Mozilla is releasing a new feature in Firefox Private Browsing called Tracking Protection, designed to give users more choice and control over web browsing. With the release of Tracking Protection in Firefox Private Browsing Mozilla is giving you control over the data that third parties receive from you online.
Mozilla first added Private Browsing to Firefox to give you control over your privacy locally by not saving your browser history and cookies when you close a private window. However, when you browse the Web, you can unknowingly share information about yourself with third parties that are separate from the site you’re actually visiting, even in Private Browsing mode on any browser.
Mozilla says that Private Browsing with Tracking Protection in Firefox for Windows, Mac, Android and Linux actively blocks content like ads, analytics trackers and social share buttons that may record your behavior without your knowledge across sites.
The new Tracking Protection option in Firefox uses Disconnect's blacklist to block requests to known trackers. Sometimes this will stop invisible 'tracking pixels' or calls to analytics engines. More noticeably it will also block ads that are trying to track you around the Web.
Right now, tracking protection is available only in private browsing mode. Ideally, Mozilla would also commit to protecting people outside of private browsing mode by turning on Tracking Protection for users that have enabled the Do Not Track setting in their browser. Mozilla could also join the Do Not Track coalition, and commit to not blocking the ads of those companies that agree to abide by Do Not Track.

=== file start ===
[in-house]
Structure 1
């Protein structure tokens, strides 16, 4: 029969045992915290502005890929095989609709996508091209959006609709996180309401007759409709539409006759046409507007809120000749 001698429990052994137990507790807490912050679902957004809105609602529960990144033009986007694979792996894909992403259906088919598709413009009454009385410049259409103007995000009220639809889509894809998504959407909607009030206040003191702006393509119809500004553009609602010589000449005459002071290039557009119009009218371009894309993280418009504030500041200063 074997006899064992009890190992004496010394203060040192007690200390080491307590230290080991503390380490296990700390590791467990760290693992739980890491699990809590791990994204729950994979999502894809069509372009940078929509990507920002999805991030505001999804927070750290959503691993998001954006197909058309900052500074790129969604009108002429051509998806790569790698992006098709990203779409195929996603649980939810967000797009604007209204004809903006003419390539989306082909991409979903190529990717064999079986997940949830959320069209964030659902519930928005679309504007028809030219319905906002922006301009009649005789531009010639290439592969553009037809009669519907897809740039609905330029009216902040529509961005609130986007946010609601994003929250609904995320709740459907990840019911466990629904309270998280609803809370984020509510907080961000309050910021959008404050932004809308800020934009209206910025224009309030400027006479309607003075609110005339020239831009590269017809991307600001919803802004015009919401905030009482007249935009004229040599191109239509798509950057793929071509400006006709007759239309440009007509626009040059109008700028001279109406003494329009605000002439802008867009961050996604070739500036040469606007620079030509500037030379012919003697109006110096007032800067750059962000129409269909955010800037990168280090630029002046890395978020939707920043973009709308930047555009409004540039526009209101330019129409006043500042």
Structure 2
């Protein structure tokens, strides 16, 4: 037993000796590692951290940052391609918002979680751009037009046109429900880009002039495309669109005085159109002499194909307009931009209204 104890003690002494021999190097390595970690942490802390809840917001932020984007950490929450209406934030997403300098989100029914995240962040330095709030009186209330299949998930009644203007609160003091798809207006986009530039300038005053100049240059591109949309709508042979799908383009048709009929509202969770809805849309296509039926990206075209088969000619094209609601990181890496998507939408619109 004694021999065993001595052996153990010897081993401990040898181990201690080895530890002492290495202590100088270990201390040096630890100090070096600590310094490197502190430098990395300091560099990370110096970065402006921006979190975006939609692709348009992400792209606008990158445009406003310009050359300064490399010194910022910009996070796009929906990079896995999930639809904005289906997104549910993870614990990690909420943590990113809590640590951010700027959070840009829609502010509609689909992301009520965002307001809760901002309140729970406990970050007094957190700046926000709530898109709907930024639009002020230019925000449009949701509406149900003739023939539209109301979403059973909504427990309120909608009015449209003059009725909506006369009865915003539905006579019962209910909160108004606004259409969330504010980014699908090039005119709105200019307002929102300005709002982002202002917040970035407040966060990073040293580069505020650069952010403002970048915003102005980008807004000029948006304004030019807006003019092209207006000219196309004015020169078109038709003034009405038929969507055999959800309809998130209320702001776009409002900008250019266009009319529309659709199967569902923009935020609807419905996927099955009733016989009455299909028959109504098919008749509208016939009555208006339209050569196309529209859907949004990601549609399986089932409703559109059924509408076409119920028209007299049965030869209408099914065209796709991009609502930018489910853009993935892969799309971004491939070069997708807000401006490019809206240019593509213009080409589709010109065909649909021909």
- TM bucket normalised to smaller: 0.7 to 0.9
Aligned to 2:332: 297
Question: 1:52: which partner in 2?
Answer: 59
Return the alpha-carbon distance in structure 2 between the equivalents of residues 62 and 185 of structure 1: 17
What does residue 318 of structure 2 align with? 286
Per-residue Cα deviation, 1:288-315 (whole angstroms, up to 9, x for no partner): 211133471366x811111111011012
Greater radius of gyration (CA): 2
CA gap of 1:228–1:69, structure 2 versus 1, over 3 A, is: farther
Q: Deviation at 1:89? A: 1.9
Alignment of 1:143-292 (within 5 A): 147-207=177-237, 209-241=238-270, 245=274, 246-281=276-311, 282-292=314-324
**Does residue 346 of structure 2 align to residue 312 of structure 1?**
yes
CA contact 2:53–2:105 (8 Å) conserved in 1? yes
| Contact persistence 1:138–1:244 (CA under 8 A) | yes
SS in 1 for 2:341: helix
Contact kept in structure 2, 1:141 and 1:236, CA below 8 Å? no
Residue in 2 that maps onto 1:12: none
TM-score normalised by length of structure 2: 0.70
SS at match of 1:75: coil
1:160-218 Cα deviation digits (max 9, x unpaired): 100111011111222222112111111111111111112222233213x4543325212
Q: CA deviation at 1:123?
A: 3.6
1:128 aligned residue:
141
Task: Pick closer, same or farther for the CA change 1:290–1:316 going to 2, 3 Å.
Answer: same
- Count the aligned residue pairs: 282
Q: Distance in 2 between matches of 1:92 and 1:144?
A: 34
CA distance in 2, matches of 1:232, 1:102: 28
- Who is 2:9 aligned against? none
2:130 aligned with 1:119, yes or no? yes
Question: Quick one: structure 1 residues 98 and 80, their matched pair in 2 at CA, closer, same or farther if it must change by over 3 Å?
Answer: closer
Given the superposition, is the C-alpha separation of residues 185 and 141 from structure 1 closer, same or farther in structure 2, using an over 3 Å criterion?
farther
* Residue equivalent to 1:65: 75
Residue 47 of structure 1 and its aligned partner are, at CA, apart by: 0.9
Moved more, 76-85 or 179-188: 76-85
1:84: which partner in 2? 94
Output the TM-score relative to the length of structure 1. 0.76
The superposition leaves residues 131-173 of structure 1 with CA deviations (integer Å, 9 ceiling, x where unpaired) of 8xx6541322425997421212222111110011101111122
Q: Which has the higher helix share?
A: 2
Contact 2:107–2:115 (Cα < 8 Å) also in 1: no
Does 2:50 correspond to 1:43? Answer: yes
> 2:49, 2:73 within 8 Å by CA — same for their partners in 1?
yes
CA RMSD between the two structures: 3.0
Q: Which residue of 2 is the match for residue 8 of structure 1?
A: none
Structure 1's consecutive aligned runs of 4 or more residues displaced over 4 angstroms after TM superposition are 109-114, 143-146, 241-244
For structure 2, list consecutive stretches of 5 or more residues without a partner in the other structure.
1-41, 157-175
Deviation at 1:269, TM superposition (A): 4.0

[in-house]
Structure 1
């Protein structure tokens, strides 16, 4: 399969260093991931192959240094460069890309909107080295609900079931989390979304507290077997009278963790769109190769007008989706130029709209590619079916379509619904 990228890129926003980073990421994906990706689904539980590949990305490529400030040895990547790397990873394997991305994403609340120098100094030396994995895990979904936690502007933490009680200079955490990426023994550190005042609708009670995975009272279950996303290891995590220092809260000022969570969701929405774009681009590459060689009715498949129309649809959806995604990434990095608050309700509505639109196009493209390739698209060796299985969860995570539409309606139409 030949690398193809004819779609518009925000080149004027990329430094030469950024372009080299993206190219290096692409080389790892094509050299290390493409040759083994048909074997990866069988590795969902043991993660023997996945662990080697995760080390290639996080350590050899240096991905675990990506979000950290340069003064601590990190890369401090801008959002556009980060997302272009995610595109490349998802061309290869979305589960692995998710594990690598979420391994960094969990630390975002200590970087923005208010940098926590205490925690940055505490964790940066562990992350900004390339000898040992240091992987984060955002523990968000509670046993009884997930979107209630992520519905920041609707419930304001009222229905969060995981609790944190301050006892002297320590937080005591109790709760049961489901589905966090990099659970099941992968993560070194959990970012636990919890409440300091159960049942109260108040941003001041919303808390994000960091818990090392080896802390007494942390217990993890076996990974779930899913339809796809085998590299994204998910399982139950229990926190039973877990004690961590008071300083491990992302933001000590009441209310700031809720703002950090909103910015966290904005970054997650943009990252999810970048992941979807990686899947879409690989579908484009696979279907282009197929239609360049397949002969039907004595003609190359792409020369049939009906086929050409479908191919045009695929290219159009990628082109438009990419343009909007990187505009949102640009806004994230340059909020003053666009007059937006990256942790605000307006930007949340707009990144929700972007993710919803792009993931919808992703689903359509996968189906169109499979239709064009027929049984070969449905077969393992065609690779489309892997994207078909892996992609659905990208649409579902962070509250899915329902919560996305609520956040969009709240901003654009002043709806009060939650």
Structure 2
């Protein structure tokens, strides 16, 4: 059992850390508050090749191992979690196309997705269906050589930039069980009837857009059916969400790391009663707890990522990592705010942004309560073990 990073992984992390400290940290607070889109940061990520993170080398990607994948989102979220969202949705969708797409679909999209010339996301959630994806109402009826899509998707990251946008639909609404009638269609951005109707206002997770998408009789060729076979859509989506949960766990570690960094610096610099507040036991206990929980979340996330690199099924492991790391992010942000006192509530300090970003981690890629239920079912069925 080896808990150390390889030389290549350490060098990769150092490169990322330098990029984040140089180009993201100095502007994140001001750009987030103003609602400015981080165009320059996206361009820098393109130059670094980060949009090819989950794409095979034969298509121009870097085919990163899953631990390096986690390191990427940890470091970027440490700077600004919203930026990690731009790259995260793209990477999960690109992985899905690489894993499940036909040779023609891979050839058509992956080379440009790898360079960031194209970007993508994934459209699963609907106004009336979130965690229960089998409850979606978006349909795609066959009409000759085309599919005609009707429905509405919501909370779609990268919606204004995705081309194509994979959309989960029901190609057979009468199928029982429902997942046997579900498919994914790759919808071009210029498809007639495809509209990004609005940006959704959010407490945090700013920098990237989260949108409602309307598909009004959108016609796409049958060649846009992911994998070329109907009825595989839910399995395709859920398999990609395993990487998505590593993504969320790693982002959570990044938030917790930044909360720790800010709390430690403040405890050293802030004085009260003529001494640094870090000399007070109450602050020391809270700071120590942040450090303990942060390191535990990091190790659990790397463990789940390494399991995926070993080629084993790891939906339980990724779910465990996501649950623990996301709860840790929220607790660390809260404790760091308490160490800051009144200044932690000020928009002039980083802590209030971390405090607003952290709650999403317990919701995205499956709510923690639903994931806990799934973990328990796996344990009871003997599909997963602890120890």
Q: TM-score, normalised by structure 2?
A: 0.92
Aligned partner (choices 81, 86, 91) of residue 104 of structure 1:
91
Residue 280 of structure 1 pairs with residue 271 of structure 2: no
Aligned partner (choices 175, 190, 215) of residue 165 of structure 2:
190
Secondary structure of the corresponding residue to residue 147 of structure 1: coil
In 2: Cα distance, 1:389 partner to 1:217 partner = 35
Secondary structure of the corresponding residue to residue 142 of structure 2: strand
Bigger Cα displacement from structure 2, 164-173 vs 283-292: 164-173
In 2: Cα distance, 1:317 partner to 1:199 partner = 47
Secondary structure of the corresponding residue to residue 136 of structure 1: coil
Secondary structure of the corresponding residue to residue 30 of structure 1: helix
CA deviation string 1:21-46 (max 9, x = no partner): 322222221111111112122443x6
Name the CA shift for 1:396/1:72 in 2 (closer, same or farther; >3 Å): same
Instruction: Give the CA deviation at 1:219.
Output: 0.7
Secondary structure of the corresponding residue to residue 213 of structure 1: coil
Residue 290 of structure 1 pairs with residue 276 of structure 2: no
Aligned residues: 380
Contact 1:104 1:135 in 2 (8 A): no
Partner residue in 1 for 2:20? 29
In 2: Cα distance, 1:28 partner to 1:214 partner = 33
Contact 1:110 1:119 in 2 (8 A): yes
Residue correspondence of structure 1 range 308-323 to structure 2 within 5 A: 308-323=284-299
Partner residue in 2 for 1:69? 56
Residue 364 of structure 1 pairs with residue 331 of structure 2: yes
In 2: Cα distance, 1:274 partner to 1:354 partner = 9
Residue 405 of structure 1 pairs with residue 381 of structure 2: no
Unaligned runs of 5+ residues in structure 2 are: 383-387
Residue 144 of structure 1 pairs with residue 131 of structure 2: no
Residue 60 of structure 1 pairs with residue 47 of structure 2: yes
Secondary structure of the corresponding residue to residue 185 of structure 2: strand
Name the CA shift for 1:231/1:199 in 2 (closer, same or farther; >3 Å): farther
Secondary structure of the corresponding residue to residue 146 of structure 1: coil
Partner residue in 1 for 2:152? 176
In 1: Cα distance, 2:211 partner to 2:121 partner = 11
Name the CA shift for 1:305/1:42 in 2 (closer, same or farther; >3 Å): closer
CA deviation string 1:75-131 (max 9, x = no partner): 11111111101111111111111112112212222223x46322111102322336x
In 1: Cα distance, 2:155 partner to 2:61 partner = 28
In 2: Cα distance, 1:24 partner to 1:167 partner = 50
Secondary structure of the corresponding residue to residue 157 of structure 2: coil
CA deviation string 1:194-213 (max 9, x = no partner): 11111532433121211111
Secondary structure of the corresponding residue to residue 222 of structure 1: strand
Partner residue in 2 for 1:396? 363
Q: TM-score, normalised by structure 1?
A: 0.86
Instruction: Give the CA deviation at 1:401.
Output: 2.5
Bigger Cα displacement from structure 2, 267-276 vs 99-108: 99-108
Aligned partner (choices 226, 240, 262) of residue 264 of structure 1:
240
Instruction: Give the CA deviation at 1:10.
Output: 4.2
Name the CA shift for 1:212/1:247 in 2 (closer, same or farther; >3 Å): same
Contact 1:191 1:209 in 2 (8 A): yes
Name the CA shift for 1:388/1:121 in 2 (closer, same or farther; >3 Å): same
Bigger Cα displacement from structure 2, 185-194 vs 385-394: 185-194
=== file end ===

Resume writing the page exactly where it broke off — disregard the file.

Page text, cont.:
Ad blockers have often caused contention on the mobile phone ecosystem, and in fact Disconnect's own ad blocker was booted off of the Android app store earlier this year. This feature will be released with all versions of Firefox, including mobile versions, allowing users to protect their browsing no matter where they do it.
This is happening on the heels of Apple's support for ad blockers in iOS 9, so it seems that real solutions for addressing the problem of nonconsensual tracking are starting to gain momentum.
Mozilla is also introducing a new Control Center in Firefox that contains site security and privacy controls in a single place in your address bar. Since some Web pages may appear broken when elements that track behavior are blocked, now it will be easy to turn off Tracking Protection in Private Browsing for a particular site using the Control Center.